My Tips and Tricks for Starting Avocado Pits

My first 5 pits that I potted.

At the end of 2017, I decided I was going to try my hand at growing an avocado tree in 2018. You know, just for fun. But I also challenged my siblings and parents to grow one, too. I started 10 pits. (Because avocado pits take a long time to start, I’m eager, and I wanted to increase my odds of getting a new, fun houseplant—I’m well aware avocado trees don’t grow in Ohio!)

My avocado seed setup: 8 in water bottles; 2 in AvoSeedos. First they split, send out roots, and then grow a shoot.

Right now, 7 are in pots; 1 is sending up a shoot (and will need to be potted within a few weeks); 2 have rooted. I’m at the point of giving away some of the trees because I can’t possibly keep 7 avocado trees—I just want 1 or 2, maybe 3.

I’ve been chronicling my avocado journey on Instagram and dare I say that it has become my “thing.” As in, friends and family are starting to gift me avocado-related items. A friend gave me some snazzy socks and I received a funny “Avocado-holic” t-shirt from family.

I can’t wait for cooler weather so I can start sporting my avocado socks again!
The shirt doesn’t lie. And, it’s comfortable!

When it comes to growing plants and caring for them, I tend to not be too scientific with it. I wing it—go with my gut, for better or worse. But, because of aforementioned challenge, I actually researched this endeavor—a little bit—and then created my own piecemeal method. I’d say 7 out of 10 pits potted ain’t too shabby. Almost 80% successfully grown into trees and who knows what’s going to happen with those last 2?

So, I figured, I’d share with you how I’ve done it. My method sprouts avocado seeds without toothpicks, which is a common technique. I started with the soaking technique in this video:

But! I only soaked my pits until the peel came completely off (with my help). As soon as they were peeled, I transferred them to water bottle starters that I learned to make with this video:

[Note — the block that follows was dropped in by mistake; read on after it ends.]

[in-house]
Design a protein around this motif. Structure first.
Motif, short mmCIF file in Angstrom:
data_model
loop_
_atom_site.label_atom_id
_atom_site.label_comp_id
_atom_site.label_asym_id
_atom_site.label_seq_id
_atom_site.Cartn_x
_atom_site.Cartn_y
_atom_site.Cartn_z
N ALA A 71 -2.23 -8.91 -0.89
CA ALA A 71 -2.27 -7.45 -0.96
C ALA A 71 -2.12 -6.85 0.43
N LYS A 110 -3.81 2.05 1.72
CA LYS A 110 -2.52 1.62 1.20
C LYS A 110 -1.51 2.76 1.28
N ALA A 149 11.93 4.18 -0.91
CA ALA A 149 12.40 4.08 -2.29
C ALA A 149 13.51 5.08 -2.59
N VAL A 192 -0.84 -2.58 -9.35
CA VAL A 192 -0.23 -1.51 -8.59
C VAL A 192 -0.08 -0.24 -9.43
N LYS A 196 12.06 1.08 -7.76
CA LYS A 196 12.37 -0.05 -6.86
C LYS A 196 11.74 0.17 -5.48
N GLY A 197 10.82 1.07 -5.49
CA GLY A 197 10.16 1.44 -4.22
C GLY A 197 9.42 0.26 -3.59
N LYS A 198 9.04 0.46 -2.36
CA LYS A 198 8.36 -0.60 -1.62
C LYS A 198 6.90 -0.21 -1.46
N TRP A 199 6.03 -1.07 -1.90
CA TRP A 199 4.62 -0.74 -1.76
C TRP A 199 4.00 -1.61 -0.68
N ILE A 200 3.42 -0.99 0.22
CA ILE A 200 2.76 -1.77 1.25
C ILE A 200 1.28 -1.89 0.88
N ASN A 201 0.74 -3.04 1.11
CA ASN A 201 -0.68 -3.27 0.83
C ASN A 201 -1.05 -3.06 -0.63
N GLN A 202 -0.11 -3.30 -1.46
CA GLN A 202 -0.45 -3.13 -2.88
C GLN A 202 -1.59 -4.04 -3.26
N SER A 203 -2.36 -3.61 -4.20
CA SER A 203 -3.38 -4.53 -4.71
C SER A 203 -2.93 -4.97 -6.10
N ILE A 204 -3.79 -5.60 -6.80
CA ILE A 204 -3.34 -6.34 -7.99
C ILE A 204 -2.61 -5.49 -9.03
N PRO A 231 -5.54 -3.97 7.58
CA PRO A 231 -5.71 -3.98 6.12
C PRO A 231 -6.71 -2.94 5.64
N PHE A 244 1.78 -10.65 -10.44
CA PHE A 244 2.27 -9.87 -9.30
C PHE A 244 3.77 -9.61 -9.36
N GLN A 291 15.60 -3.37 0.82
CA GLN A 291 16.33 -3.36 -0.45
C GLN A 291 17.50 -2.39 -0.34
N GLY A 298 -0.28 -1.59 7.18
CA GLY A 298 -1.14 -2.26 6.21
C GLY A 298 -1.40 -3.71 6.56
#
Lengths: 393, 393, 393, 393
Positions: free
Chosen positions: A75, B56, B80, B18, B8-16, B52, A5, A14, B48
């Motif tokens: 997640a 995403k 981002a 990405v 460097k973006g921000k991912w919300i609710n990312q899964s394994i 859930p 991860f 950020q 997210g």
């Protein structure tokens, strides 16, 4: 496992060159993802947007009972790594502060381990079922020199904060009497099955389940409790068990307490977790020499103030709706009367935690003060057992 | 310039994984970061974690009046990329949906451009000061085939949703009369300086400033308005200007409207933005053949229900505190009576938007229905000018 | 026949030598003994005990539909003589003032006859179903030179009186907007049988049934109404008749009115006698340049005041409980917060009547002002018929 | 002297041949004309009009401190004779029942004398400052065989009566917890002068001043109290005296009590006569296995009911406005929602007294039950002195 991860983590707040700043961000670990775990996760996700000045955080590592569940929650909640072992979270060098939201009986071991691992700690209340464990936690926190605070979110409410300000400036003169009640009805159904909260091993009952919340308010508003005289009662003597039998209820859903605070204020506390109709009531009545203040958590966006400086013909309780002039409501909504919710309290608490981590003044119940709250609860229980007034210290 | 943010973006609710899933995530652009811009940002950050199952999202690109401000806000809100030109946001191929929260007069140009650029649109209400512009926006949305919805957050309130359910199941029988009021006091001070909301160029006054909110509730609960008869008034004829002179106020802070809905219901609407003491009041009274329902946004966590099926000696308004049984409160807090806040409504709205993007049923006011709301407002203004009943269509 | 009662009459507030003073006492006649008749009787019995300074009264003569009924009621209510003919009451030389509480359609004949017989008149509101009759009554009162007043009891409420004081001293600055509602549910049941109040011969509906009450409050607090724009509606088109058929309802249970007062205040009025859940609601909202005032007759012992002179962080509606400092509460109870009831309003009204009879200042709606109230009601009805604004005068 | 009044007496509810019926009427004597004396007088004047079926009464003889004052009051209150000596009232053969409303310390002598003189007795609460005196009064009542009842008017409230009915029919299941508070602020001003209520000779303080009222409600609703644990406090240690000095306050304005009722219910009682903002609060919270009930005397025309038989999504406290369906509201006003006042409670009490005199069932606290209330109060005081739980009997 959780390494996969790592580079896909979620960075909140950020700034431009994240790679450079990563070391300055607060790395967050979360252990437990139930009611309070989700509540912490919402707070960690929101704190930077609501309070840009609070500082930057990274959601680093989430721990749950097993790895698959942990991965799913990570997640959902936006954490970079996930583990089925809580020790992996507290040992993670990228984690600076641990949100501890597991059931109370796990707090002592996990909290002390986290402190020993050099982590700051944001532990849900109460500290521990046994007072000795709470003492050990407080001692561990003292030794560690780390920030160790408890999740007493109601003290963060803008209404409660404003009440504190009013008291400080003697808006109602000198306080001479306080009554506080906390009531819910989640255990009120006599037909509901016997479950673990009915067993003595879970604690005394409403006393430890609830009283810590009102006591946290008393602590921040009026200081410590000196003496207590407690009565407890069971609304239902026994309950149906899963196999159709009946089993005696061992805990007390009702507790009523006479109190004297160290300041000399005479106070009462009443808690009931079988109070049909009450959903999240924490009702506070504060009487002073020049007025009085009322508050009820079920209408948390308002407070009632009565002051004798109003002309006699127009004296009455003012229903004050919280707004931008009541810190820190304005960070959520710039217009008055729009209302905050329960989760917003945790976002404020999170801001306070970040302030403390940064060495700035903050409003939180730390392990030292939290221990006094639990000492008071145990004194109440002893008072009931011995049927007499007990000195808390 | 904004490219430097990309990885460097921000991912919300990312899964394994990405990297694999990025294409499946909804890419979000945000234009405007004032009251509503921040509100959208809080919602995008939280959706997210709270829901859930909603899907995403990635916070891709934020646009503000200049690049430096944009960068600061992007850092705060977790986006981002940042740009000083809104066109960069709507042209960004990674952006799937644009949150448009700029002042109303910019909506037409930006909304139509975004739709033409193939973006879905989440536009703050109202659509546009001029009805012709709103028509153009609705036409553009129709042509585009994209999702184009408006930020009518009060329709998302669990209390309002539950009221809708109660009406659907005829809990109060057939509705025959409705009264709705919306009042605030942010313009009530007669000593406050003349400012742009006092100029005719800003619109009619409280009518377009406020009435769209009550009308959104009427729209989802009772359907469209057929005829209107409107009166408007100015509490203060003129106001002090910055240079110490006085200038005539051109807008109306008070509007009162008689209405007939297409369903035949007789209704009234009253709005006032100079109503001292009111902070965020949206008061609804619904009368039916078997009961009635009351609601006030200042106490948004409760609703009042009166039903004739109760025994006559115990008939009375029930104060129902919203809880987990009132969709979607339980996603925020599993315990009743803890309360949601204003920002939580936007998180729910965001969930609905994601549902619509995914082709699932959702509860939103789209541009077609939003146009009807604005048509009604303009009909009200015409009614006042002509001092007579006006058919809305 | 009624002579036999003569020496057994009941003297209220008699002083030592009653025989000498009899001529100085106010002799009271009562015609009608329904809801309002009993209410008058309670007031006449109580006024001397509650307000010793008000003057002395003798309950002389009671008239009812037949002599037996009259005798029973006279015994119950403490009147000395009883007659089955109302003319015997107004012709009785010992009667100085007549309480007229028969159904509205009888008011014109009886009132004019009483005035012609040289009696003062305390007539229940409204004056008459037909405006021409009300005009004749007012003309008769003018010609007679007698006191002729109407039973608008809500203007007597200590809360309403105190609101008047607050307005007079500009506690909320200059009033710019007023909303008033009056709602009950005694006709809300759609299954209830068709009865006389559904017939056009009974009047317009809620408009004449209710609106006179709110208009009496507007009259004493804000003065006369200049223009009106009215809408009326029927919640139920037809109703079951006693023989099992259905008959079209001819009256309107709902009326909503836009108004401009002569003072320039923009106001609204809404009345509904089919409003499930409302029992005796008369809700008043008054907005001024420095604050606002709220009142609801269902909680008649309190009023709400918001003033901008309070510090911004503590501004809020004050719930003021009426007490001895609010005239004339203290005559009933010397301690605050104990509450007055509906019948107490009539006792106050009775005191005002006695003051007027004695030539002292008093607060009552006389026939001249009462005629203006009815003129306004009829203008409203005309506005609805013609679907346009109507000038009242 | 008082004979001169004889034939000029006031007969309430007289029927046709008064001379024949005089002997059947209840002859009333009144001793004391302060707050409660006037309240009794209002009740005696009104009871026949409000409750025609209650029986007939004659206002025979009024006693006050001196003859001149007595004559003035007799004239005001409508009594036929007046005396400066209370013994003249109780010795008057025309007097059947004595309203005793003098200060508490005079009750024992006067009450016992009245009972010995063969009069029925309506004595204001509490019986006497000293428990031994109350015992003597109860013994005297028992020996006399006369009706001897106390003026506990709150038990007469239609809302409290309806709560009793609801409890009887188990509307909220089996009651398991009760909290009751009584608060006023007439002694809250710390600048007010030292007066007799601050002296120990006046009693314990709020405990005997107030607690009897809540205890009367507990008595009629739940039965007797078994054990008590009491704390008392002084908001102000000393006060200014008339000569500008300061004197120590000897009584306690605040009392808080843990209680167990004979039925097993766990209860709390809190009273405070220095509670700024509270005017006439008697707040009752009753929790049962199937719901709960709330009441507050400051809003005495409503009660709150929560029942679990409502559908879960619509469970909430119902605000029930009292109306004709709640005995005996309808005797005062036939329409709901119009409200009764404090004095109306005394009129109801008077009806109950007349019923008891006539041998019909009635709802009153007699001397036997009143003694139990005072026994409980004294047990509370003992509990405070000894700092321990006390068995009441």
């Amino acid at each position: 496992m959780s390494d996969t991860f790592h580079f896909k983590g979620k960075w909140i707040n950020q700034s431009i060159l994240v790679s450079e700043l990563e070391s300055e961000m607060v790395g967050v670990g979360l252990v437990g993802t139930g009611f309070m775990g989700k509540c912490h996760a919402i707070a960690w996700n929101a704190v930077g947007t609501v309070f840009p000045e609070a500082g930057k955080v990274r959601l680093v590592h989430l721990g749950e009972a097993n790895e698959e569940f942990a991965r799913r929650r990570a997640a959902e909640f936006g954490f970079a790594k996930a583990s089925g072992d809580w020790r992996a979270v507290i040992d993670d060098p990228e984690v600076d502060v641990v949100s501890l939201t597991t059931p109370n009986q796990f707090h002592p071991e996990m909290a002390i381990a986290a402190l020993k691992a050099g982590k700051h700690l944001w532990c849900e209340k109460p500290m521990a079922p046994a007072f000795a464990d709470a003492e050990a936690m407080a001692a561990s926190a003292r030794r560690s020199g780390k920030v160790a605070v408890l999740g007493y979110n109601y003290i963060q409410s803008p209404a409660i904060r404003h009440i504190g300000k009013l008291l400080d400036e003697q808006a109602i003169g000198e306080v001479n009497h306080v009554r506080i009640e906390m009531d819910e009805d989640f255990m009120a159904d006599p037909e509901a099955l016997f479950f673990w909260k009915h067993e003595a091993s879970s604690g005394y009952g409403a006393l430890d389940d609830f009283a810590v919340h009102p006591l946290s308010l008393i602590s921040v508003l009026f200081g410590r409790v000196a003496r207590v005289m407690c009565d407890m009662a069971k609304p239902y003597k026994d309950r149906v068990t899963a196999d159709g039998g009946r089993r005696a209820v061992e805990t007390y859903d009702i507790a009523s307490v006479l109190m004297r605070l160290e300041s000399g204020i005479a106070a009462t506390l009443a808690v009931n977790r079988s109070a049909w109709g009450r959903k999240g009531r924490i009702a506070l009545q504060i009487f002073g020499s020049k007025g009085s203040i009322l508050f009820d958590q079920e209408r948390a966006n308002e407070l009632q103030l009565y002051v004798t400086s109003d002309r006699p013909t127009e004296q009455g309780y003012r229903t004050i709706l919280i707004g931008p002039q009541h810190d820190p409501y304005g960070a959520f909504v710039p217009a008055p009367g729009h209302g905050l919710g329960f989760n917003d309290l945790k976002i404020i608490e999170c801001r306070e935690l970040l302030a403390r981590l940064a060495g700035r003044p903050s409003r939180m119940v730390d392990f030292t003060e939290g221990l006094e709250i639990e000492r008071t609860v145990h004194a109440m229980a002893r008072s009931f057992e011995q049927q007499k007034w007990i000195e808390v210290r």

I kept the bottles filled with enough water so the bottom half of the pit was always submersed.

My 2 AvoSeedos and the cup I soaked my pits in.

Here, I’m going to tell you that I tried 2 AvoSeedos. While they’re very innovative, I liked the water bottle starters better. The main benefit of the AvoSeedo is that you don’t have to worry about the water level getting too low and your pit drying out. While I DID have to check the water bottle starters daily, I found that one of the pits in my AvoSeedos didn’t send up a viable shoot until I kept the water level very high, checking it every day. It could have been because I was using a small-ish bowl to float the AvoSeedo in. I don’t know. The other one did just fine. You make the choice, as you start your own avocado journey.

Ready for dirt.

Once a pit sent up a shoot and a few leaves unfurled (it takes months), I transferred it to a pot of dirt. I have a bunch of 32 oz. yogurt tubs stashed in my basement for gardening purposes, so I was all set. I punched holes in the bottom of them to allow water to drain, put a few rocks in the bottom, added some potting soil, and tucked in the avocado tree, covering the pit about halfway with dirt.

Happy and healthy in its new home.

Okay, so from there, I dunno. Ha! A follower on Instagram told me to pinch the top of the tree off to make it bushier. I did that with the first tree I potted. It hasn’t done much since. It’s still healthy, but I’ve yet to see new growth. It makes me hesitant to pinch other trees juuuust yet.

Are you a step ahead? Have you already done this and have an avocado tree in your home—or garden? Tell me your secrets!

Last Night, We Had Our First Frost

Combs Canyon in August